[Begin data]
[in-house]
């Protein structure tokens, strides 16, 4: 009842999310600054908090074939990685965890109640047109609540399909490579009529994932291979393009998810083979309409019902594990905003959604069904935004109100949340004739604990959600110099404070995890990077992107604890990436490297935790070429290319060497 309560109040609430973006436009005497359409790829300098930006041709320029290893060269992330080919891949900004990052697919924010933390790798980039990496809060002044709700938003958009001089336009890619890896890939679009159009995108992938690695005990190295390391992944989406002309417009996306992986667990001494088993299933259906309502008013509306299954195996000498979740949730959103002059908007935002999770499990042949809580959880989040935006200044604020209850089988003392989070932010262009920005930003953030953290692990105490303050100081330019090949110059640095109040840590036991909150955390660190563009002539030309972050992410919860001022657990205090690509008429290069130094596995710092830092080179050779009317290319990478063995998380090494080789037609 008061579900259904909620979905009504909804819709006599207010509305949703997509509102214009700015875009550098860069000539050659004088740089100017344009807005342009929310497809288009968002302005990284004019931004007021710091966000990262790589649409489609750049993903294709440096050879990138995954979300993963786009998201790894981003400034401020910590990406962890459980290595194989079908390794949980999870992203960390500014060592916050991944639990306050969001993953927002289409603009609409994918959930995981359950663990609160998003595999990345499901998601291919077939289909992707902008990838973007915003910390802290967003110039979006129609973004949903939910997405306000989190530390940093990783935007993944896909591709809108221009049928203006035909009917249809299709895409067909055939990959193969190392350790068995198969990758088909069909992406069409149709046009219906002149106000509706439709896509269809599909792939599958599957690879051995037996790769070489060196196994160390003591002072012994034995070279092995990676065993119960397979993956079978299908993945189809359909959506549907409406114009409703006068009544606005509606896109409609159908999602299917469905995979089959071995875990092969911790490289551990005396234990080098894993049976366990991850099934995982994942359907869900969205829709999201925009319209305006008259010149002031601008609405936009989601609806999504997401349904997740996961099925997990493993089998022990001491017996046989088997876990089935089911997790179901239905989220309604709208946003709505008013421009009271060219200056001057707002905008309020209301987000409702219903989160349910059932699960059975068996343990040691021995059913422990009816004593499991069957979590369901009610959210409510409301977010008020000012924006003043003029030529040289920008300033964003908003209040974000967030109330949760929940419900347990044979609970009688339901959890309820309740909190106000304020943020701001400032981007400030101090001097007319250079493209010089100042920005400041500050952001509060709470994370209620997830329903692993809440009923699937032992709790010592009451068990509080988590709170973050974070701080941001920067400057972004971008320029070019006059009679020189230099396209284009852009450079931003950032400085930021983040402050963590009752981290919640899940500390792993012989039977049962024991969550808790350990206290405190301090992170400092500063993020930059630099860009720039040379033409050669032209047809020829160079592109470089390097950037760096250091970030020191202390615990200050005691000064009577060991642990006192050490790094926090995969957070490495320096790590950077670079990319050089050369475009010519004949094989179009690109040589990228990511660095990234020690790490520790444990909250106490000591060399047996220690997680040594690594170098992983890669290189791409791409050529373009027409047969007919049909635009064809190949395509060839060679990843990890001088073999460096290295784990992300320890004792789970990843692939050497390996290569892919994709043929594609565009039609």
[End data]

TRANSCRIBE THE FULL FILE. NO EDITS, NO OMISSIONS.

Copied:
[in-house]
């Protein structure tokens, strides 16, 4: 009842999310600054908090074939990685965890109640047109609540399909490579009529994932291979393009998810083979309409019902594990905003959604069904935004109100949340004739604990959600110099404070995890990077992107604890990436490297935790070429290319060497 309560109040609430973006436009005497359409790829300098930006041709320029290893060269992330080919891949900004990052697919924010933390790798980039990496809060002044709700938003958009001089336009890619890896890939679009159009995108992938690695005990190295390391992944989406002309417009996306992986667990001494088993299933259906309502008013509306299954195996000498979740949730959103002059908007935002999770499990042949809580959880989040935006200044604020209850089988003392989070932010262009920005930003953030953290692990105490303050100081330019090949110059640095109040840590036991909150955390660190563009002539030309972050992410919860001022657990205090690509008429290069130094596995710092830092080179050779009317290319990478063995998380090494080789037609 008061579900259904909620979905009504909804819709006599207010509305949703997509509102214009700015875009550098860069000539050659004088740089100017344009807005342009929310497809288009968002302005990284004019931004007021710091966000990262790589649409489609750049993903294709440096050879990138995954979300993963786009998201790894981003400034401020910590990406962890459980290595194989079908390794949980999870992203960390500014060592916050991944639990306050969001993953927002289409603009609409994918959930995981359950663990609160998003595999990345499901998601291919077939289909992707902008990838973007915003910390802290967003110039979006129609973004949903939910997405306000989190530390940093990783935007993944896909591709809108221009049928203006035909009917249809299709895409067909055939990959193969190392350790068995198969990758088909069909992406069409149709046009219906002149106000509706439709896509269809599909792939599958599957690879051995037996790769070489060196196994160390003591002072012994034995070279092995990676065993119960397979993956079978299908993945189809359909959506549907409406114009409703006068009544606005509606896109409609159908999602299917469905995979089959071995875990092969911790490289551990005396234990080098894993049976366990991850099934995982994942359907869900969205829709999201925009319209305006008259010149002031601008609405936009989601609806999504997401349904997740996961099925997990493993089998022990001491017996046989088997876990089935089911997790179901239905989220309604709208946003709505008013421009009271060219200056001057707002905008309020209301987000409702219903989160349910059932699960059975068996343990040691021995059913422990009816004593499991069957979590369901009610959210409510409301977010008020000012924006003043003029030529040289920008300033964003908003209040974000967030109330949760929940419900347990044979609970009688339901959890309820309740909190106000304020943020701001400032981007400030101090001097007319250079493209010089100042920005400041500050952001509060709470994370209620997830329903692993809440009923699937032992709790010592009451068990509080988590709170973050974070701080941001920067400057972004971008320029070019006059009679020189230099396209284009852009450079931003950032400085930021983040402050963590009752981290919640899940500390792993012989039977049962024991969550808790350990206290405190301090992170400092500063993020930059630099860009720039040379033409050669032209047809020829160079592109470089390097950037760096250091970030020191202390615990200050005691000064009577060991642990006192050490790094926090995969957070490495320096790590950077670079990319050089050369475009010519004949094989179009690109040589990228990511660095990234020690790490520790444990909250106490000591060399047996220690997680040594690594170098992983890669290189791409791409050529373009027409047969007919049909635009064809190949395509060839060679990843990890001088073999460096290295784990992300320890004792789970990843692939050497390996290569892919994709043929594609565009039609």